Low Cost/Low-Power/DIY Cellular data network


Shareable recently covered a group of residents of Jalalabad, Afghanistan who built their own open-source wireless network from junk and everyday household items. For the less-industrious yet DIY-inclined, the Village Base Station (pdf) is a low-power, easy to deploy tool developed by Berkeley professor Kurtis Heimerl to create a GSM cellular data network in areas with limited power and network resources. MobileActive recently got their hands on a prototype and tested it in a large American city, and the results were promising. In a post about the experiment, they note the benefits of the Village Base Station:

…?exible off-the grid deployment due to low power requirements that enable local generation via solar or wind; explicit support for local services within the village that can be autonomous relative to a national carrier; novel power/coverage trade-offs based on intermittency that can provide bursts of wider coverage; and a portfolio of data and voice services (not just GSM).


4G and CDMA, GPRS reportedly hacked

Extremetech reports that a MITM attack was conducted against all 4G and CDMA transmissions in and around the DEFCON venue in Las Vegas.  Apparently the MITM attack allowed attackers to obtain full access to some Android and PC devices, and was able to monitor data and telephony sessions.

The Register is also reporting that Security Research Labs has developed a way to monitor GPRS conversations by exploiting weaknesses in the protocol.  Demonstration software is expected to be released at CCC 2011. (In 2009 SRL’s Chief Scientist also coordinated release of a rainbow table to assist in cracking GSM, and in 2010 other cryptographers where able to defeat 3G encryption).

Fun times!


Defcon Lockpickers Open Card-And-Code Government Locks In Seconds

Lockpicker Toby Bluzmanis inserts a wire into the LED readout of Kaba’s E-Plex 5800 to open the lock.

To open a door fitted with the latest U.S. government-certified lock from high-end Swiss lock manufacturer Kaba, an employee must both enter a code up to eight digits long, then swipe a unique identity card coded to comply with a new standard that requires an extra layer of security, one designed to track individual staffers and make covert intrusion harder than ever.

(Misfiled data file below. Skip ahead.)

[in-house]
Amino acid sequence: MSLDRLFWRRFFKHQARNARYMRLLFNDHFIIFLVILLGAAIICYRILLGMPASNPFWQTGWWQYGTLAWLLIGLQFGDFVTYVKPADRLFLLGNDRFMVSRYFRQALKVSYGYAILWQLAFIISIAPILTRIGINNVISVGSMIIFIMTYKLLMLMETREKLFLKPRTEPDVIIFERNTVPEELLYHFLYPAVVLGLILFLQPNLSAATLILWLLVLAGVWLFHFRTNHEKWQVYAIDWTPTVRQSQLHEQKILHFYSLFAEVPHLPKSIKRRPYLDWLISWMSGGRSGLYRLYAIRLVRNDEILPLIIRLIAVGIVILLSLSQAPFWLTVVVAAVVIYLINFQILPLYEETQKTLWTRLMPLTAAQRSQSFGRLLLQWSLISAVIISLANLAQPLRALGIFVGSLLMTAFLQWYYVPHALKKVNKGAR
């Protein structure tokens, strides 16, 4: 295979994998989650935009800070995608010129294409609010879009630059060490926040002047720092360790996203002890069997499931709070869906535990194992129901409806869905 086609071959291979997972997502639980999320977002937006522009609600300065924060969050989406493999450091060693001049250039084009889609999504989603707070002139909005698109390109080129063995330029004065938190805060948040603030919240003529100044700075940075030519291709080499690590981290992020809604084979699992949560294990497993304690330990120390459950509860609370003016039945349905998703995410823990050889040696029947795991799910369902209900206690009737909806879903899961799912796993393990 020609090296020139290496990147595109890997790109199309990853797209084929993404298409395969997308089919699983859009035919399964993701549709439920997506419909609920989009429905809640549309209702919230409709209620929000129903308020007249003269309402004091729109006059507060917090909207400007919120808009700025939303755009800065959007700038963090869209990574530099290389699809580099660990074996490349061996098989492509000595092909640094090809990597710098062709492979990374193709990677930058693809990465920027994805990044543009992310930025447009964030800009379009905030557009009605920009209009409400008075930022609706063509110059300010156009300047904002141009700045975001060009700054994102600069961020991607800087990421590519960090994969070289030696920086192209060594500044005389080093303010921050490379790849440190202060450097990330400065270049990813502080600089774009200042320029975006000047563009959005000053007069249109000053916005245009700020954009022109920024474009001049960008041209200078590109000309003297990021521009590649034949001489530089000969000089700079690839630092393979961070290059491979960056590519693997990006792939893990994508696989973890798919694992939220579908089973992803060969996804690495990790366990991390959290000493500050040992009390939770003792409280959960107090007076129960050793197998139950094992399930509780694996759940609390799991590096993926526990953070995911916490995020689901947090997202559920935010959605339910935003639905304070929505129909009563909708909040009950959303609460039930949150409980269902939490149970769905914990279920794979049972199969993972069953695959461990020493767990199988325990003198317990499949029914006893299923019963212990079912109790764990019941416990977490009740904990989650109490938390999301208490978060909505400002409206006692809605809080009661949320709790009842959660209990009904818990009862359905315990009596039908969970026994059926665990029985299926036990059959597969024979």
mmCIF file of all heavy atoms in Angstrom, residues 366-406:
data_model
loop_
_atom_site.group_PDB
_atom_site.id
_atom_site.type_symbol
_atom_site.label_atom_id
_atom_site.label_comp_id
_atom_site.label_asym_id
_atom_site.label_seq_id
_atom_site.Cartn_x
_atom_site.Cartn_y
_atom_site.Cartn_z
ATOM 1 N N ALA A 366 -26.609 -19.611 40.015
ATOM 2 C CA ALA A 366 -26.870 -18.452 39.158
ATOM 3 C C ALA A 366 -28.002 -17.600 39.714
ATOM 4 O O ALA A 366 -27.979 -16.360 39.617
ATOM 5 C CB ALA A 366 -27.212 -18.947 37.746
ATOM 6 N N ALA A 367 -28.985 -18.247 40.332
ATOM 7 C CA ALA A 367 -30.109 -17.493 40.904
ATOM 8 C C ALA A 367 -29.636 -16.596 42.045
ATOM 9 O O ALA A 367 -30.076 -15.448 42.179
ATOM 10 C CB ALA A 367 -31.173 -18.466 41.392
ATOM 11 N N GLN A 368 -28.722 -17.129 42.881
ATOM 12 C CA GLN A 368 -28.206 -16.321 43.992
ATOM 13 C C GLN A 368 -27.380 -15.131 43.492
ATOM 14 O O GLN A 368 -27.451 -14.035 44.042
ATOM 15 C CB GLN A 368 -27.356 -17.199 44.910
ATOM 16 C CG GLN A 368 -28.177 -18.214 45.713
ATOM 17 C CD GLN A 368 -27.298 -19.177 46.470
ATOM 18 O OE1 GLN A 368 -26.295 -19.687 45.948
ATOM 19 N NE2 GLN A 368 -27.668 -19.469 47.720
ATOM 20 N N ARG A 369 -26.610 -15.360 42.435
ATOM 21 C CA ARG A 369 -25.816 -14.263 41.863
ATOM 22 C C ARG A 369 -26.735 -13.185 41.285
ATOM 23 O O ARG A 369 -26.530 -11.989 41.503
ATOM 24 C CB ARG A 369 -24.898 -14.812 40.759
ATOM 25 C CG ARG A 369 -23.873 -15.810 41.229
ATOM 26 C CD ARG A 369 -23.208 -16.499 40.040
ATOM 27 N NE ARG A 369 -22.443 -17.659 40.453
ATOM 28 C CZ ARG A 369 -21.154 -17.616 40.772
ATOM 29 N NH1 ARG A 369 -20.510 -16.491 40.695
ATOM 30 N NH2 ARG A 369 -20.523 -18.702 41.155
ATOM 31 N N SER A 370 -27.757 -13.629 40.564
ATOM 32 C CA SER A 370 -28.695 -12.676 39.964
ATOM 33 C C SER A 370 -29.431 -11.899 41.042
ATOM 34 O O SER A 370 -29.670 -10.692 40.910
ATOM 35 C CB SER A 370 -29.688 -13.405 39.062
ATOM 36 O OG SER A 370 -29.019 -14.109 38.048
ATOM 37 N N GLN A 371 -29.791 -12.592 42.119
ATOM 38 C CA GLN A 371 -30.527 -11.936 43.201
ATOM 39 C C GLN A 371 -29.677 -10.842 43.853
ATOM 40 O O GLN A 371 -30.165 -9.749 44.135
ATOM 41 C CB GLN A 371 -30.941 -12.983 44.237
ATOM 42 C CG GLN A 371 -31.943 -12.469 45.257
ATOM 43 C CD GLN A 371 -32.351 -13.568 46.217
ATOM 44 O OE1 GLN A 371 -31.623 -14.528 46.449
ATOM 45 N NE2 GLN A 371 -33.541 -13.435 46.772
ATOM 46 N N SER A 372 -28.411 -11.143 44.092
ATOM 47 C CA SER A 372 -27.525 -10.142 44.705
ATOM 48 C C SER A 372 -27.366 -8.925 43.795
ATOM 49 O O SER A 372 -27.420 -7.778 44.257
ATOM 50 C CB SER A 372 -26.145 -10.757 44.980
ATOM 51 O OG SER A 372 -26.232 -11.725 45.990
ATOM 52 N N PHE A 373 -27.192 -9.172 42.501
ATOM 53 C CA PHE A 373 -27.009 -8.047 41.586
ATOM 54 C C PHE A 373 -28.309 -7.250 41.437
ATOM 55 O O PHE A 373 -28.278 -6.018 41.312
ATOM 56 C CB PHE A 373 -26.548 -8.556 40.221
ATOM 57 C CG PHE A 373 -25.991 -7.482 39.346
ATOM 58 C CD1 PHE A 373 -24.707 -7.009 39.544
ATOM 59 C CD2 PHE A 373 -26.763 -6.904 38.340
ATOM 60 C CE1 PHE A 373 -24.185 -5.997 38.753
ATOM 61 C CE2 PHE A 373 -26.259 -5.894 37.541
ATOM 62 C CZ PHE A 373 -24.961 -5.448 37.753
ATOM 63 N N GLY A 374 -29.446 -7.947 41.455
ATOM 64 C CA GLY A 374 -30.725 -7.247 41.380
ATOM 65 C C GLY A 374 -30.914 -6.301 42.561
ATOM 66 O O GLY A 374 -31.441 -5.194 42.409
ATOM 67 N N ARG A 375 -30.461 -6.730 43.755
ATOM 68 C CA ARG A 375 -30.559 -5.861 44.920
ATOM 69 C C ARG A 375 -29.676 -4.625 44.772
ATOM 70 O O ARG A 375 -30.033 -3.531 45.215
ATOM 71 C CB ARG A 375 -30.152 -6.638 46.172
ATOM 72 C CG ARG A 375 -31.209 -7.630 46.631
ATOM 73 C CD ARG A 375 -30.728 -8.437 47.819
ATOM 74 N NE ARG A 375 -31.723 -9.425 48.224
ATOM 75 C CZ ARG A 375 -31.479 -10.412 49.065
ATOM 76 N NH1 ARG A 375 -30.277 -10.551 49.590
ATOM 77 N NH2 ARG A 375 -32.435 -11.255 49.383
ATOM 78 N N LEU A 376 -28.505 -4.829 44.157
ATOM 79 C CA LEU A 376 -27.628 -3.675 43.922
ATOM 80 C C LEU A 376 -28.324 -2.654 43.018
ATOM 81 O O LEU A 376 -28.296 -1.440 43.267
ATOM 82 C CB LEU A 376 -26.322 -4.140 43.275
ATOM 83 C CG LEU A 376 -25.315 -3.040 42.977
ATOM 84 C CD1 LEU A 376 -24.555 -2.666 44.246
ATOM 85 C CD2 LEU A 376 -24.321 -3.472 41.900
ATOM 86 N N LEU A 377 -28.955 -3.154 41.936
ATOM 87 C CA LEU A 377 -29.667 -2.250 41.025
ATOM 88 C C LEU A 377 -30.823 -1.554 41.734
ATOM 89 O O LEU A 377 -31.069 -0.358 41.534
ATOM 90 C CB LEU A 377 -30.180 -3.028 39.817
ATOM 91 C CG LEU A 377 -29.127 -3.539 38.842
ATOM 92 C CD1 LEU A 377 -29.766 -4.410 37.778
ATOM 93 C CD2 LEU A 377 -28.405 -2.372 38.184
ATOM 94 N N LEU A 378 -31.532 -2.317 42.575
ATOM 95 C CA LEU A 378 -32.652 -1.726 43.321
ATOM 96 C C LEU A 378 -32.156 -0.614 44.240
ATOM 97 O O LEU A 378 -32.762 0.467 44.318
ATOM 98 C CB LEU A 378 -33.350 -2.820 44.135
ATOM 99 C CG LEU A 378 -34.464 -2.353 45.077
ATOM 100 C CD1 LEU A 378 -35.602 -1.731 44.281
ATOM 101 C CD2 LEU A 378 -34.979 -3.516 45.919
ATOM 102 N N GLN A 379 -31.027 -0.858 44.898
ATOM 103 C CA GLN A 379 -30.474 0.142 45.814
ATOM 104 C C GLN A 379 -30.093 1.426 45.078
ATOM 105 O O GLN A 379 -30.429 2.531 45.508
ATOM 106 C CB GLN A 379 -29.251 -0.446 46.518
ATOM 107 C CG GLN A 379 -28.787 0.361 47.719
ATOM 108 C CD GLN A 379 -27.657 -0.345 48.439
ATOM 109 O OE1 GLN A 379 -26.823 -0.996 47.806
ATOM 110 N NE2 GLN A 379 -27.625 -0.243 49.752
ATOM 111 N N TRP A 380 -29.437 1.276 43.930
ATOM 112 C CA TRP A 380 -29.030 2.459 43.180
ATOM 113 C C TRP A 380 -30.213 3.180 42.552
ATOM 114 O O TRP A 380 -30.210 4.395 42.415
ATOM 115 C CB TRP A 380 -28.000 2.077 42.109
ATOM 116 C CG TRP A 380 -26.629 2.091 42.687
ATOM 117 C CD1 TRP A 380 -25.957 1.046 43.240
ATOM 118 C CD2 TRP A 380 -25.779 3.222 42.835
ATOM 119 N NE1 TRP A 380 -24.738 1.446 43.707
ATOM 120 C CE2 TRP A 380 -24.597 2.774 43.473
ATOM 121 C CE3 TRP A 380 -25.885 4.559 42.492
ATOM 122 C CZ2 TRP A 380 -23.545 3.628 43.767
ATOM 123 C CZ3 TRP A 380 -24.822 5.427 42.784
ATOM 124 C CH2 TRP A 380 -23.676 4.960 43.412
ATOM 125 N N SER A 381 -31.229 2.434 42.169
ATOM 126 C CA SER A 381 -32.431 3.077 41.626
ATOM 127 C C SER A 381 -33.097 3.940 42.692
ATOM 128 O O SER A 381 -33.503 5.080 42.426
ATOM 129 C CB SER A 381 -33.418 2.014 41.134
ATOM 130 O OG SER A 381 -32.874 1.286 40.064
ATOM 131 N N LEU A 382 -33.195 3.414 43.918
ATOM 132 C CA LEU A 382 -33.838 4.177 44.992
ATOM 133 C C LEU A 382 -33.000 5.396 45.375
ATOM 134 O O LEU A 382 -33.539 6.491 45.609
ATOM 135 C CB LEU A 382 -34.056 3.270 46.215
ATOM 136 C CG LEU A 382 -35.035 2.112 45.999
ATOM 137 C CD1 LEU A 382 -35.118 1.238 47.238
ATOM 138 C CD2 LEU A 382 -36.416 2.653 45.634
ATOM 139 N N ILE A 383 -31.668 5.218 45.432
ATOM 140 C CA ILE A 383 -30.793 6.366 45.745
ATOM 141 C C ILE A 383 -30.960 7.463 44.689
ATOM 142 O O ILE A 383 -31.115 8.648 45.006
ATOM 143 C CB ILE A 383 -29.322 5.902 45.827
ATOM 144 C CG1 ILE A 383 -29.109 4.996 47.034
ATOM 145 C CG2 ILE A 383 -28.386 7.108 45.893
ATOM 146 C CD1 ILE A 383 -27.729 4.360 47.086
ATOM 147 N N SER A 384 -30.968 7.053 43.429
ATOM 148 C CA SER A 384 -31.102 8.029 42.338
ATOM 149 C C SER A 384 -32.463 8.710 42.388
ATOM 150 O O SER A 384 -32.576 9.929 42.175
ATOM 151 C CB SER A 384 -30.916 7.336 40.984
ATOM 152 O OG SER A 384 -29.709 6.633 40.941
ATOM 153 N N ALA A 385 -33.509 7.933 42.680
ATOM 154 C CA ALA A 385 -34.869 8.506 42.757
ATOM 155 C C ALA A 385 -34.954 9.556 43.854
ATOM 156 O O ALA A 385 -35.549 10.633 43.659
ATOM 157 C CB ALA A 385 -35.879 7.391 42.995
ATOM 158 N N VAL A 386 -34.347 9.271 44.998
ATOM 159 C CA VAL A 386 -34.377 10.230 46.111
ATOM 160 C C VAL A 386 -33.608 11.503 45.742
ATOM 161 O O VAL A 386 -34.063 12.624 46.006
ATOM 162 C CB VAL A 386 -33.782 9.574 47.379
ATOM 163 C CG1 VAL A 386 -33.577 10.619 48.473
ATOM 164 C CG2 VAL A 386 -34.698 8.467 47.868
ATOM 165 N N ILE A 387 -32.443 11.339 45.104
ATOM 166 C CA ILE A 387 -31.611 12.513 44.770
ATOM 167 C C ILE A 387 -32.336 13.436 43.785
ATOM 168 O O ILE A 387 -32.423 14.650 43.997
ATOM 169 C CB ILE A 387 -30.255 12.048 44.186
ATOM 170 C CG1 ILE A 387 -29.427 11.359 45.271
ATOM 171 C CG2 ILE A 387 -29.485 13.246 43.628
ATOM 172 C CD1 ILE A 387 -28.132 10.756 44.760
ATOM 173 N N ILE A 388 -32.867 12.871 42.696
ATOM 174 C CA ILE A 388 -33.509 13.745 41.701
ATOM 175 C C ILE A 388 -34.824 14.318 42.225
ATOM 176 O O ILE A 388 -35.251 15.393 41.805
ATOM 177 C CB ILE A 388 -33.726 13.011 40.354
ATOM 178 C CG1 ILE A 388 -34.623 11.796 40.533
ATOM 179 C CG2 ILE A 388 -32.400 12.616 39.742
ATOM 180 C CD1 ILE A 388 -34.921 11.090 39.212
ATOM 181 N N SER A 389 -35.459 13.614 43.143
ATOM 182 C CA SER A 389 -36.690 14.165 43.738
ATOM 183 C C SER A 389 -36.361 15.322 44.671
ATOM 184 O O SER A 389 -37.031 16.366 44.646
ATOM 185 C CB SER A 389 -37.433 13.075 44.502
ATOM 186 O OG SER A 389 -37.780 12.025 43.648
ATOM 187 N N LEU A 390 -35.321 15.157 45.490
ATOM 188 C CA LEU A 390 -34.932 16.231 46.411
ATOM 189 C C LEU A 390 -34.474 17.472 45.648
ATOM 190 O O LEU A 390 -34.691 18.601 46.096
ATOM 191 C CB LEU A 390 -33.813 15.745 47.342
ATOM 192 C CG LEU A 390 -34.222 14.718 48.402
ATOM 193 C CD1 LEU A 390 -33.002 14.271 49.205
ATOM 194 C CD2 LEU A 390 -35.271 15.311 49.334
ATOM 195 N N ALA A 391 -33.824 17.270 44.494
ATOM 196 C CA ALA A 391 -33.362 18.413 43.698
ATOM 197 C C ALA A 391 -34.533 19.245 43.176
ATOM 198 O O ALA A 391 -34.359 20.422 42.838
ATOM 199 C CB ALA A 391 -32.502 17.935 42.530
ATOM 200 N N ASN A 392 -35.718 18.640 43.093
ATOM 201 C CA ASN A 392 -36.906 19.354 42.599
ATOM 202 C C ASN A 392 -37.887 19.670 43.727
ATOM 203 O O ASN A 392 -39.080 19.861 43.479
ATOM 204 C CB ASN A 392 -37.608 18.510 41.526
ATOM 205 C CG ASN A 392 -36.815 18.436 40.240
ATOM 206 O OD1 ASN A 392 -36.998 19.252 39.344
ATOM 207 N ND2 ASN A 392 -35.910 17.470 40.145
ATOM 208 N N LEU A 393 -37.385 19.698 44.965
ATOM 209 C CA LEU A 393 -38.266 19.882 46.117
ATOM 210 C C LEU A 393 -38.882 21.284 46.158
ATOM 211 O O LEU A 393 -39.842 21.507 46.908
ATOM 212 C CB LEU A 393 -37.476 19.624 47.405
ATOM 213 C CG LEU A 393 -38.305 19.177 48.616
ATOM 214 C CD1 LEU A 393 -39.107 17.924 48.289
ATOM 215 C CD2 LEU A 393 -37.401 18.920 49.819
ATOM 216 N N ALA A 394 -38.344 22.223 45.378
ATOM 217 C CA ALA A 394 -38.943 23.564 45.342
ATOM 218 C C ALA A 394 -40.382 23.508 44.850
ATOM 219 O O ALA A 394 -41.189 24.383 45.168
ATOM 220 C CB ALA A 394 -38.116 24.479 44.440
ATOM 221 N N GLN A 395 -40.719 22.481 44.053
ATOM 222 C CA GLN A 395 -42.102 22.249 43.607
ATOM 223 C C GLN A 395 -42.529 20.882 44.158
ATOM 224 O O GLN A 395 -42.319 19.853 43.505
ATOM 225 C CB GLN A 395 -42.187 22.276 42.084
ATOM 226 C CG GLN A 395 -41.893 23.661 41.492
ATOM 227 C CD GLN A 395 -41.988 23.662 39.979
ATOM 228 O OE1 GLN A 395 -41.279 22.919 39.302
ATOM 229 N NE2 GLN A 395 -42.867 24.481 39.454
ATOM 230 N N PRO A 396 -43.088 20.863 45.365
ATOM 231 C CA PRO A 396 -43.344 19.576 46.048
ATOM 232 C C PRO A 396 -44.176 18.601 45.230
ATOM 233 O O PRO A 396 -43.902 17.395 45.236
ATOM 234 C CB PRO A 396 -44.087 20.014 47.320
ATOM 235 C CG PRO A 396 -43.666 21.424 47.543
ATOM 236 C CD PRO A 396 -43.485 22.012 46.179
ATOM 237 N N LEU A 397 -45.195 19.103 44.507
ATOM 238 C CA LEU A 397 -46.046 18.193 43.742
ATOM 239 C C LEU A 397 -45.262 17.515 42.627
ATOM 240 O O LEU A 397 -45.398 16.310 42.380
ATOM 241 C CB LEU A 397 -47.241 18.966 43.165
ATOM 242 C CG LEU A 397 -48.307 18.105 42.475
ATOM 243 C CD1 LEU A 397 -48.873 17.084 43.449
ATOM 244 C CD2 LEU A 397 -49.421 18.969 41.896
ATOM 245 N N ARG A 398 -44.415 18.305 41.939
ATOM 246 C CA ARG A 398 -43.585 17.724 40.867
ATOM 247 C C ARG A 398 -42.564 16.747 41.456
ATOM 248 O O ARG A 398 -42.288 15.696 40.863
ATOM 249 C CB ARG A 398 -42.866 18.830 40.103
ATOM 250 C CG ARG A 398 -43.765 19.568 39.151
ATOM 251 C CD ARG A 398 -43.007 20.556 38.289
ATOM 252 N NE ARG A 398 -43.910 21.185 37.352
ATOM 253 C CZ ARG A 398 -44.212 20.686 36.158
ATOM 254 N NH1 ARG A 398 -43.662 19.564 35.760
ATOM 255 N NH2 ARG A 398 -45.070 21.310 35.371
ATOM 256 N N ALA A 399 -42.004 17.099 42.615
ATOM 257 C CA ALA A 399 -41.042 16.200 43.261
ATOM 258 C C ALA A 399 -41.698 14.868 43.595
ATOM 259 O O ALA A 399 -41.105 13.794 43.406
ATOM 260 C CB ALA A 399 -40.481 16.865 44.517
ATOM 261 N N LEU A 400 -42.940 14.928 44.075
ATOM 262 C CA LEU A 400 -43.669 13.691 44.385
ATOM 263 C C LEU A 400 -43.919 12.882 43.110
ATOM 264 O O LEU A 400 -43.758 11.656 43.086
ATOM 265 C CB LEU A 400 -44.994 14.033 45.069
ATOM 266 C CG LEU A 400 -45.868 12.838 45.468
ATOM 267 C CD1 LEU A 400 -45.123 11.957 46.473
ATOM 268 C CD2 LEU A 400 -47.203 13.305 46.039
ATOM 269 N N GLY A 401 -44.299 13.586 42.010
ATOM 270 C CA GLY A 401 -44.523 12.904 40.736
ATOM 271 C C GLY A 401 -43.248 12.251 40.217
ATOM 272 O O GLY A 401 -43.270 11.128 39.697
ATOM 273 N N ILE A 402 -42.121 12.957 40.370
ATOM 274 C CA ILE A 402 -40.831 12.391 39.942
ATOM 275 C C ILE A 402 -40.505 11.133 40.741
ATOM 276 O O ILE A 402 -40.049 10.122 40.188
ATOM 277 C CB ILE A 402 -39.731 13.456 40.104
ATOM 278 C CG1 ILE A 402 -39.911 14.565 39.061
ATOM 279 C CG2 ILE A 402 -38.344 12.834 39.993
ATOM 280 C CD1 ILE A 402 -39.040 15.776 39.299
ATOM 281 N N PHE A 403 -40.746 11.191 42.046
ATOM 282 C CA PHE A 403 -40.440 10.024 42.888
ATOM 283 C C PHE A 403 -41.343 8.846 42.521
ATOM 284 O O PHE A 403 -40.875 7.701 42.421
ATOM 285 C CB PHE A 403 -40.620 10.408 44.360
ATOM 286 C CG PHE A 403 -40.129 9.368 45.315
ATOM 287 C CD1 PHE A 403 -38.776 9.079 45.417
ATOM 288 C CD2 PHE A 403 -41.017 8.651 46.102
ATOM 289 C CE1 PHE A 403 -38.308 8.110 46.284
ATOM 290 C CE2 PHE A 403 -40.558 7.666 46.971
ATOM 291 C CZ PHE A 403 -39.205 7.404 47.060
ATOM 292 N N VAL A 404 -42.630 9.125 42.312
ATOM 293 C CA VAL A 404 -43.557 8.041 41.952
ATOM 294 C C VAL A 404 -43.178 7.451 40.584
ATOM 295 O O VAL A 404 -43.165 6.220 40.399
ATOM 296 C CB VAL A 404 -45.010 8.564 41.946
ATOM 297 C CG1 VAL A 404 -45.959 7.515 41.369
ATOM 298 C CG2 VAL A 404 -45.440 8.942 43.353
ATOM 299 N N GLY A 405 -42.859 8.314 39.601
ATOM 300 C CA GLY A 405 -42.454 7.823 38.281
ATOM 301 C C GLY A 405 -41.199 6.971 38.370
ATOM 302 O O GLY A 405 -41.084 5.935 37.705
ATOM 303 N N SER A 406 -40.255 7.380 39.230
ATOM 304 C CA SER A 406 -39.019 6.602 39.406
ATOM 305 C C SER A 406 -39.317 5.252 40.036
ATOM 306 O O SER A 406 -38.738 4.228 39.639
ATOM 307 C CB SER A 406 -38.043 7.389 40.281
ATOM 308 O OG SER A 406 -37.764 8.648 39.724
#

Or, as lockpicking expert Marc Weber Tobias will show a crowd of hackers Friday, you can stick a wire in the tiny display light above the keypad and instantly render all of that “security” irrelevant.

At the Defcon security conference in Las Vegas, Tobias and his partner Toby Bluzmanis plan to demonstrate a series of simple hardware hacks that expose critical security problems in Kaba’s E-plex 5800 and its older 5000. Zurich-based Kaba markets the 5800 lock, which Bluzmmanis says can cost as much as $1,300, as the first to integrate code-based access controls with a new Department of Homeland Security standard that goes into effect next year and requires identifying credentials be used in secure facilities to control access.

In demonstrations for me and in videos they plan to show the Defcon audience, the lockpicking duo use one method called “rapping” to open the lock by simply hitting its top surface or lever handle with a mallet, compressing an internal spring that then decompresses and pushes open a latch that releases the lock. In another bypass, they insert a wire into a silicon cover for an LED light that blinks red when the user enters an invalid code. That wire can ground a contact on the circuit board behind the light that triggers a function intended to allow the door to be opened with a remote button, bypassing all its security measures.

A third attack allows an insider to open the back side of the lock and insert a wire that flips a microswitch intended as an override for power failures. That trick resets the lock’s software, tampering with its audit trail and allowing it to be reprogrammed with different codes. Bluzmanis demonstrated in a video that the more elaborate microswitch attack could be performed in under a minute.

“The issue is simply insecurity engineering,” says Tobias, who works as a consultant to several major lock firms and contributes blog posts to “They simply don’t get it.”